Is Apple Really Charging Developers 100% of App Refunds? Not So Far.

Techcrunch ran one of their big, blazing headlines today reporting "Apple’s iPhone App Refund Policies Could Bankrupt Developers". They cited Apple's contract which allows for Apple to charge developers 100% of a refund, even though devs only get 70% of the payment to begin with. Under that model, developers would get hit for 30% extra each time an App Store purchase was refunded. Not nice, for certain. But apparently also not (yet?) the case.

TiPb contacted several developers to find out what was going on. While some were aware of the potential for a 100% refund charge back, none had experienced it. Uniformly, they reported very few refunds, and when they did occur, charge backs only for the same 70% cut Apple had originally passed along to them.

For now, at least, Apple is eating whatever processing, administration, and other charges that occur out of their own, 30% cut.

In general, all the developers we spoke with hadn't seen many returns and didn't seem to consider this a huge problem right now. This might be because the process of getting a refund is not easy to begin with. If that changes, as recently discussed on Twitter, it could become a greater concern.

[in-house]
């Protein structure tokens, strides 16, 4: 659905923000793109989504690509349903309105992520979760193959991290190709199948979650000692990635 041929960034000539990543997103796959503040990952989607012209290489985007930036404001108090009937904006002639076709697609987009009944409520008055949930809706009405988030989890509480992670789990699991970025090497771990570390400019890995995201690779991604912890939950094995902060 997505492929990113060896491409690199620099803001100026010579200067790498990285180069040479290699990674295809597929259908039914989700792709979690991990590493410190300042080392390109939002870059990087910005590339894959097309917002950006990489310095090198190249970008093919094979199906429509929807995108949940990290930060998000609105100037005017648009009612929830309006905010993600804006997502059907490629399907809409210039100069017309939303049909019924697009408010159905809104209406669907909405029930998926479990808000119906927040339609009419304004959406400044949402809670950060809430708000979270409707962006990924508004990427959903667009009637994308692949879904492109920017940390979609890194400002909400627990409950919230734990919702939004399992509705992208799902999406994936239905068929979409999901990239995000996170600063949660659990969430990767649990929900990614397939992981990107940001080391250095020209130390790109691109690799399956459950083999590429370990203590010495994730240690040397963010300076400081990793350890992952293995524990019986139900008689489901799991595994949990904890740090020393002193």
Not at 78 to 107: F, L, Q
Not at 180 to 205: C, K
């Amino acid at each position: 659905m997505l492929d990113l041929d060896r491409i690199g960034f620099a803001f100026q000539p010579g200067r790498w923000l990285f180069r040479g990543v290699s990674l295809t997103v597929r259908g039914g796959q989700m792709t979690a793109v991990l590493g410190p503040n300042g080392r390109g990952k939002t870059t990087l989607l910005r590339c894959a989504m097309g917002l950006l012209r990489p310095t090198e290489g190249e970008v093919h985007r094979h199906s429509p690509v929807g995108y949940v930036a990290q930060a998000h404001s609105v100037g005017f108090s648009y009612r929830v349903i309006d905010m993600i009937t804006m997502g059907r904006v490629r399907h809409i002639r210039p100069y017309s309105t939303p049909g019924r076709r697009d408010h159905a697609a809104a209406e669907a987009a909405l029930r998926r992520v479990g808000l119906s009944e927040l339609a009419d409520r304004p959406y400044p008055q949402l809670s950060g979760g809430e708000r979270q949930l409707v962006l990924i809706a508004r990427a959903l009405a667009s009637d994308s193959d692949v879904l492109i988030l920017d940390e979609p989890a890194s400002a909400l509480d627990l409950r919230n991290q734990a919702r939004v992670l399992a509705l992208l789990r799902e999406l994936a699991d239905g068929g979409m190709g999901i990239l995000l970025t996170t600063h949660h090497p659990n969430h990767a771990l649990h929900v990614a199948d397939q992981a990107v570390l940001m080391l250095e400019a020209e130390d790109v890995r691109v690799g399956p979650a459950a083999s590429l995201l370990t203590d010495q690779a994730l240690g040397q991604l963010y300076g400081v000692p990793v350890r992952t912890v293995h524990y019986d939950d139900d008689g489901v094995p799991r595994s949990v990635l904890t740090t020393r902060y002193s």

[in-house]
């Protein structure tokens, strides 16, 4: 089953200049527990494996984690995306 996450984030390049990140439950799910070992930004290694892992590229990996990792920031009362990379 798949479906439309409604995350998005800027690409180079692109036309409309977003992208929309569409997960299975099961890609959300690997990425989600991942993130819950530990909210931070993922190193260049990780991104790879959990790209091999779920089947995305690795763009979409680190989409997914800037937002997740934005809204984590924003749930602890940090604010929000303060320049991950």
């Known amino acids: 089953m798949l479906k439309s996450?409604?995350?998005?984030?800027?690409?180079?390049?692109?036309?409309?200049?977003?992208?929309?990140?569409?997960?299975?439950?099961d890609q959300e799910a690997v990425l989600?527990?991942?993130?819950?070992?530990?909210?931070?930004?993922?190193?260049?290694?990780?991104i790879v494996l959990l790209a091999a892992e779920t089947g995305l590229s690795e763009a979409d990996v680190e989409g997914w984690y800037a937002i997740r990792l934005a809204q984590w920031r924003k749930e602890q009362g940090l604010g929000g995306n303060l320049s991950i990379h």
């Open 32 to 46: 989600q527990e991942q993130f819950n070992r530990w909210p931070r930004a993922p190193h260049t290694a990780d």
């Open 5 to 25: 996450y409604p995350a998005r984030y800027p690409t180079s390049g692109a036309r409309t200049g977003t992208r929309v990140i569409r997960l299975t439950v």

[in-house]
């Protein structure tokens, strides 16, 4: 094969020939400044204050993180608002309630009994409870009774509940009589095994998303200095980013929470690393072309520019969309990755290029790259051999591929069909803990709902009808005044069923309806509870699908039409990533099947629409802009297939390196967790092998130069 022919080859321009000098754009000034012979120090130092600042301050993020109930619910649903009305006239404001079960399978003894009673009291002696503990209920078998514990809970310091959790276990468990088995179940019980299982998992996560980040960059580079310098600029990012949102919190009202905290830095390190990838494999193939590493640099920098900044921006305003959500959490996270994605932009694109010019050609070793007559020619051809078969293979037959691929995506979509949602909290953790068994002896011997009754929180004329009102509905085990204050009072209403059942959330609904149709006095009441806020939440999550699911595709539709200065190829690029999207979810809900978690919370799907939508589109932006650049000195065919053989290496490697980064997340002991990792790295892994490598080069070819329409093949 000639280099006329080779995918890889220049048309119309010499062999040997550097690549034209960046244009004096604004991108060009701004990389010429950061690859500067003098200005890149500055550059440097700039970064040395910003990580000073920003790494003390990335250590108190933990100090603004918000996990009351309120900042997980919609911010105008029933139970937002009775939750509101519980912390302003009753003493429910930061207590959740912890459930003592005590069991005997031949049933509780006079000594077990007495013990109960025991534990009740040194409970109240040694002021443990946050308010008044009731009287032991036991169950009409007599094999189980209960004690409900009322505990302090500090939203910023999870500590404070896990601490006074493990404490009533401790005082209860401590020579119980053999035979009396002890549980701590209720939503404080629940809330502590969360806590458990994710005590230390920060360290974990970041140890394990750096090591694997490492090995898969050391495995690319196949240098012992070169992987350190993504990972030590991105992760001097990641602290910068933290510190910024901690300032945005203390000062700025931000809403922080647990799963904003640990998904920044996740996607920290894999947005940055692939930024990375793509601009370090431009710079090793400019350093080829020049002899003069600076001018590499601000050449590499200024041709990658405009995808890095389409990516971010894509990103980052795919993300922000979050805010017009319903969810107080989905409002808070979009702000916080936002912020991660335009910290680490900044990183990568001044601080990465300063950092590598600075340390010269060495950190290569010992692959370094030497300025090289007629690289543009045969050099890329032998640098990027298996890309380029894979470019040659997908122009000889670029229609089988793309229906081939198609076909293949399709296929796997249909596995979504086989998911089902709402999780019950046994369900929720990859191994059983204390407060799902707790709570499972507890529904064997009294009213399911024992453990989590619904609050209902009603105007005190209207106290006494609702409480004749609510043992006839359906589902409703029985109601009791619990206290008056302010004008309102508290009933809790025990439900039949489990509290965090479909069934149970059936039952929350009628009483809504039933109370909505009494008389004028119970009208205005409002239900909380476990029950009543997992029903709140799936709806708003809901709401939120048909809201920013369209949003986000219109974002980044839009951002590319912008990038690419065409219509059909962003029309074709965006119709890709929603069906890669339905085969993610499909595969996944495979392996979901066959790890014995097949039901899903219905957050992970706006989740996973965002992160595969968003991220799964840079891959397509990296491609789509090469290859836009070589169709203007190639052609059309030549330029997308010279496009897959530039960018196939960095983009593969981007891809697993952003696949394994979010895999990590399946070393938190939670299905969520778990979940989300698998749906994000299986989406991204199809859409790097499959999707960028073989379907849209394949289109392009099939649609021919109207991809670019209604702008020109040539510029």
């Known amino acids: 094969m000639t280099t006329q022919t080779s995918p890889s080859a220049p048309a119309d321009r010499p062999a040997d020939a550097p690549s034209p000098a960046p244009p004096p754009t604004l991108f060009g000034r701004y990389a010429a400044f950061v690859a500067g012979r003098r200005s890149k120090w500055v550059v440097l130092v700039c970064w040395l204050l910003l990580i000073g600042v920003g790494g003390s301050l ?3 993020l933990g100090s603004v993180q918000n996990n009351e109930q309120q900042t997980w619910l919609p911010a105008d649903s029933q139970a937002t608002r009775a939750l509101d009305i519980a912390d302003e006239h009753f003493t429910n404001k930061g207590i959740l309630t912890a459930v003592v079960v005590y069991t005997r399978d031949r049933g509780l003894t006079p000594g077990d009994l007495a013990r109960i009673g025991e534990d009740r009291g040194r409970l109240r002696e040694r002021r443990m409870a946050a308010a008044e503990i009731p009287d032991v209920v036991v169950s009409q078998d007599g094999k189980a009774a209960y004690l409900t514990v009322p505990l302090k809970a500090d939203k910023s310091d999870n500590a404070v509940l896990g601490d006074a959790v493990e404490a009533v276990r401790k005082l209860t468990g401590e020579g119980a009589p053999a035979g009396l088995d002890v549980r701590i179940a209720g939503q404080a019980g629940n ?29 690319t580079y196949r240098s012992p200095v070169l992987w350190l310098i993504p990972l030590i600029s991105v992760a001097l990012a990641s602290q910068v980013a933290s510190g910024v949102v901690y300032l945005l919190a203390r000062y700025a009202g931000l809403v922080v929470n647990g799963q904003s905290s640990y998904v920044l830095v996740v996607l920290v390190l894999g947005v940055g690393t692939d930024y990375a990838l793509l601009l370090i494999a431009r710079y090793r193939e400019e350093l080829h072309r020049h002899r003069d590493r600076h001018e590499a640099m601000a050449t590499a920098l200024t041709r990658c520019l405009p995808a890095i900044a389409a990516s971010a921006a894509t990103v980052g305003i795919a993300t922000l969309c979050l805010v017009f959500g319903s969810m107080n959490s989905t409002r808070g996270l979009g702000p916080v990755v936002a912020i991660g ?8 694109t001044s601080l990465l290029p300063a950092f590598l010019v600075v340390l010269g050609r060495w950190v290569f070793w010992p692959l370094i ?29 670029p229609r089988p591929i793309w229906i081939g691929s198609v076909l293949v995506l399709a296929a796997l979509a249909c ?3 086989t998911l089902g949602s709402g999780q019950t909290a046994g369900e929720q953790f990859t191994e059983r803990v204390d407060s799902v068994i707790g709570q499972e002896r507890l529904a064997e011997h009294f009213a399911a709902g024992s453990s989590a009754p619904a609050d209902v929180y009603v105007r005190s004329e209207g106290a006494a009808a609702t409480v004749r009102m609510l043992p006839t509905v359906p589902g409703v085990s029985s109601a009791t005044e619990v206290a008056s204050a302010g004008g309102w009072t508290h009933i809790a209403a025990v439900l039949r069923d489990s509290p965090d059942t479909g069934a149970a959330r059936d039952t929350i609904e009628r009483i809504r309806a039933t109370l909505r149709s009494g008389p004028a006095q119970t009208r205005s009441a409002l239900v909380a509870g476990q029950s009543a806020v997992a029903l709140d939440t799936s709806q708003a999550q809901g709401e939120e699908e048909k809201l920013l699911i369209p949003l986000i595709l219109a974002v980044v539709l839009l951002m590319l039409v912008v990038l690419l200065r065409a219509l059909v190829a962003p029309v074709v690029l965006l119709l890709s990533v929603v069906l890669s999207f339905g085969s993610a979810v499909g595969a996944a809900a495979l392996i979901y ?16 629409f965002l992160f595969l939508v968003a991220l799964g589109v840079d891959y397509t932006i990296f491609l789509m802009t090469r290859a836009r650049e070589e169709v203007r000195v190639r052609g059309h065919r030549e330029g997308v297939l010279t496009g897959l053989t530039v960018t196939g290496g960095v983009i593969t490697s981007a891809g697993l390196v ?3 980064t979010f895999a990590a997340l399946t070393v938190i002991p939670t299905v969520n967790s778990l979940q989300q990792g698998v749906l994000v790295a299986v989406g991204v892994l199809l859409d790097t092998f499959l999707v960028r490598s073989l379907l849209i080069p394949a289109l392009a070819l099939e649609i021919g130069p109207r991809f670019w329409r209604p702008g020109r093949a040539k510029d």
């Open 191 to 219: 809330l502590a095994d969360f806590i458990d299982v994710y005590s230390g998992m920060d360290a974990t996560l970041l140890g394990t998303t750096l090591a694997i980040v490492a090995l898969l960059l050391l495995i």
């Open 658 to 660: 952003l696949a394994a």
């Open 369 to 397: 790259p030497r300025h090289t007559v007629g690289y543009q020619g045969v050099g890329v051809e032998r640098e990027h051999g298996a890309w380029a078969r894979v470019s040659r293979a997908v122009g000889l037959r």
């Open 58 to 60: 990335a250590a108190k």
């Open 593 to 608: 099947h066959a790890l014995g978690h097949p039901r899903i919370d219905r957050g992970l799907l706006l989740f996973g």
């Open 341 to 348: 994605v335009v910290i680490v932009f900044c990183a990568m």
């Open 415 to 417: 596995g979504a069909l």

As to Techcrunch's other charge, that a refunded app becomes unusable, we've been unable to find an occurrence of that in the real world. If you've had a refund on any apps, let us know if it goes dead, keeps working but won't upgrade, or stays the same.

Rene Ritchie

Editor-in-Chief of iMore, co-host of Iterate, Debug, ZEN and TECH, MacBreak Weekly. Cook, grappler, photon wrangler. Follow him on Twitter,, Google+.

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There are 7 comments. Add yours.

Kappo says:

I don't see where this is a huge deal. Apple doesn't give refunds often and, if they do, it's likely to be a fault of the program rather than anything else. That's why they have the ability to assign up to 100% of the blame on the developer. If people start requesting refunds of your app en masse, perhaps you should spend less time worrying about Apple and more time wondering why all your customers feel swindled.